Six Johnston children decided that there’s more to summer recess than going to the beach – or even a friend’s pool – or just sitting around dabbling on the computer.
“I wasn’t totally shocked,” Frank Galligan, the Dean of Students at Immaculate Conception Catholic Regional School in Cranston, said this week. “We have high achievers in our school. We have kids who shoot for the stars. More importantly, the [school] administration didn’t think it was healthy for the kids to just sit around and do nothing.”
It wasn’t that long ago when Galligan and ICCRS Principal Brian Cordeiro began planning a total of eight summer camps that would take in such areas as leadership development, performing arts, science technology and athletics.
The initiative was part of Immaculate Conception’s summer EXPLORE program, a total of eight camps that would encompass many different things and thoughts, including everything from week-long basketball camps to theater camps.
“The word [EXPLORE] means several different things; exciting program, learning opportunities and rewarding experiences,” said Galligan, who is also a middle school social studies teacher. “We wanted kids to explore [the] kind of programs [that] are out there ... ones that they’d never give a second thought about.”
With wholehearted support from Cordeiro and Immaculate Conception faculty members Judy McCusker and Rebecca Maurano, Galligan pitched the kids with the idea of a community service camp.
Thus, 28 children ages 11 to 14, who are entering the sixth to the eighth grades, signed up for the unique community service camp. The camp’s mission was to provide service to the greater community, along with holding afternoon group reflections on the day’s accomplishments and oversight by faculty members.
“Incredible!” exclaimed Galligan, while noting that the camp became an instant hit and filled up almost as soon as it was advertised. “We actually had to turn some children away. Now, we have a waiting list of 15 children who want to enter the [community service] program.”
When asked what sort of community service the children performed, Galligan said, “Thirty of the greatest hours of their young lives. They made trips to nursing care facilities and soup kitchens and they even did neighborhood cleanup.”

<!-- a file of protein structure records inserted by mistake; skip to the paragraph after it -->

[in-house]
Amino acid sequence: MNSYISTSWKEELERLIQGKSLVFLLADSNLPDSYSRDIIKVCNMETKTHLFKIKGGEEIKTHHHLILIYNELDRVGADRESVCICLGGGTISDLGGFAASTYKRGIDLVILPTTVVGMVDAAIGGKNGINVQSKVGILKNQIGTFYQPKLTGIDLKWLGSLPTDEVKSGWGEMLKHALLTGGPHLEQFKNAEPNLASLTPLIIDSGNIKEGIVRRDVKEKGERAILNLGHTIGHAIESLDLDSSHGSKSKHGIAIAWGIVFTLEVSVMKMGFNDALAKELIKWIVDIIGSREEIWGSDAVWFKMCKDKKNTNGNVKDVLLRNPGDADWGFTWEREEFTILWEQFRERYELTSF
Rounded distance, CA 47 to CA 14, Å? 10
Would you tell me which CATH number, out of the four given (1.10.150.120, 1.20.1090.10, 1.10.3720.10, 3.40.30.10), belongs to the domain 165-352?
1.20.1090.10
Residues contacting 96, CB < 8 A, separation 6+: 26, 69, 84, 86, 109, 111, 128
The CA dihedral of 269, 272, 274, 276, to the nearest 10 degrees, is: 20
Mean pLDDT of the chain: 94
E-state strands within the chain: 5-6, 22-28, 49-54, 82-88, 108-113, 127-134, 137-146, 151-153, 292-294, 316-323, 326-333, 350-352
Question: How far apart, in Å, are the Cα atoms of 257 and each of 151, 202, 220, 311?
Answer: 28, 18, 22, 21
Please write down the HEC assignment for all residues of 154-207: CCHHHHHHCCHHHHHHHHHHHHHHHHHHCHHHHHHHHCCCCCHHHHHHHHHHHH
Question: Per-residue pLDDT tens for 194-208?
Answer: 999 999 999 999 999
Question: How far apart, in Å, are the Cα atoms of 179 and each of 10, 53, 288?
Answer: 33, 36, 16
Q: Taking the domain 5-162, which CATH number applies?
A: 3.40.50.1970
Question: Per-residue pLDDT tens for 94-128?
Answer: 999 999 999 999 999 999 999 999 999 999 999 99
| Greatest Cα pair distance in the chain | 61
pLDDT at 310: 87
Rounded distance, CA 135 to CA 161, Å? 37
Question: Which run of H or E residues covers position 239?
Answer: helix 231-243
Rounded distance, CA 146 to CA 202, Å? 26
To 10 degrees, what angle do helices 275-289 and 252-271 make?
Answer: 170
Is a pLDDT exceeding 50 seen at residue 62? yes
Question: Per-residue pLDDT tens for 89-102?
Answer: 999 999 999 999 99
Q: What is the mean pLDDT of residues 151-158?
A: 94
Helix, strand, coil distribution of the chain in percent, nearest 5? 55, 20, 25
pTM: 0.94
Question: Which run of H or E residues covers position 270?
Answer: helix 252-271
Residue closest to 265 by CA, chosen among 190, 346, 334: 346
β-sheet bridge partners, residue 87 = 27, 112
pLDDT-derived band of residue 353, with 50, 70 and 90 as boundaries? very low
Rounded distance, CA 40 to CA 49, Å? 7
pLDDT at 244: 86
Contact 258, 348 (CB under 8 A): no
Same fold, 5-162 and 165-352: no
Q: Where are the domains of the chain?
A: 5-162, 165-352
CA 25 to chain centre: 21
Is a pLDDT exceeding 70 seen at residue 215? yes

That’s not all that impressed Galligan.
“Please remember that the children didn’t have to participate in any of our summer camps,” Galligan said. “They volunteered!”
Allesandro San Antonio, an eighth grader who was thrilled to be part of the program, said it best.
“I’ve liked spending time with my fiends while making a difference,” San Antonio told Galligan. “It’s a great feeling to help other people and have fun at the same time.”
The 28 children who participated in the community service camp filled garbage bags with leaves and other items while walking the Bike Path in Cranston.
“They pretty much beautified the bike path,” Galligan said. “Another thing the students did was make sandwiches and delivered them while spending an afternoon with the people at the Ronald McDonald House in Providence.”
Yet another blue-ribbon performance came when the children visited Elmhurst Nursing Home and coordinated a game of bingo and made crafts for residents. The weeklong community service camp concluded when the Immaculate Conception students visited Hasbro Children’s Hospital in Providence and made blankets for the children who are patients there.
“And the blankets had a special theme,” said Galligan. “It was part of Project Linus, which comes from the Peanuts cartoon character.”
While all the summer camps were termed successes, there was a certain sad side to the EXPLORE story.
“In order to provide a personal, meaningful and well-supervised experience for the kids, we had to limit it to 28 students,” Cordeiro said. “It’s unbelievable that we had to turn people away, but it just goes to show you how much these young kids want to make a difference and this is great to see. We couldn’t be prouder of them.”